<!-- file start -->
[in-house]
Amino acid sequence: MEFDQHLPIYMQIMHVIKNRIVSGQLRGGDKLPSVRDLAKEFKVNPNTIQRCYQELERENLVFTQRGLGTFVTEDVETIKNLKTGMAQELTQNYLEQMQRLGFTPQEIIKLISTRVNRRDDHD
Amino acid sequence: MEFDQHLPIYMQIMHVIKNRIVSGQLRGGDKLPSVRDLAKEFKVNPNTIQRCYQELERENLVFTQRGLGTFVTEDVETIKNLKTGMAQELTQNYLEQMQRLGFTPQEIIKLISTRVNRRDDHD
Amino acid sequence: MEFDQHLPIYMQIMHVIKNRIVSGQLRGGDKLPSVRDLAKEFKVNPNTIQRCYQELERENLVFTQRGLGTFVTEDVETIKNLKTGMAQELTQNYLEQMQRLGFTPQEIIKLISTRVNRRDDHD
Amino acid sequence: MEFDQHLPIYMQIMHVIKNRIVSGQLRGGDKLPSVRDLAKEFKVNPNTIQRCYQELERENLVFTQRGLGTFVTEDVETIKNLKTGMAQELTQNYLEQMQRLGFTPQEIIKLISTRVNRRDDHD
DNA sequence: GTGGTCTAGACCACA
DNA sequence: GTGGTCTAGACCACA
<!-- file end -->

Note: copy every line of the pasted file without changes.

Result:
[in-house]
Amino acid sequence: MEFDQHLPIYMQIMHVIKNRIVSGQLRGGDKLPSVRDLAKEFKVNPNTIQRCYQELERENLVFTQRGLGTFVTEDVETIKNLKTGMAQELTQNYLEQMQRLGFTPQEIIKLISTRVNRRDDHD
Amino acid sequence: MEFDQHLPIYMQIMHVIKNRIVSGQLRGGDKLPSVRDLAKEFKVNPNTIQRCYQELERENLVFTQRGLGTFVTEDVETIKNLKTGMAQELTQNYLEQMQRLGFTPQEIIKLISTRVNRRDDHD
Amino acid sequence: MEFDQHLPIYMQIMHVIKNRIVSGQLRGGDKLPSVRDLAKEFKVNPNTIQRCYQELERENLVFTQRGLGTFVTEDVETIKNLKTGMAQELTQNYLEQMQRLGFTPQEIIKLISTRVNRRDDHD
Amino acid sequence: MEFDQHLPIYMQIMHVIKNRIVSGQLRGGDKLPSVRDLAKEFKVNPNTIQRCYQELERENLVFTQRGLGTFVTEDVETIKNLKTGMAQELTQNYLEQMQRLGFTPQEIIKLISTRVNRRDDHD
DNA sequence: GTGGTCTAGACCACA
DNA sequence: GTGGTCTAGACCACA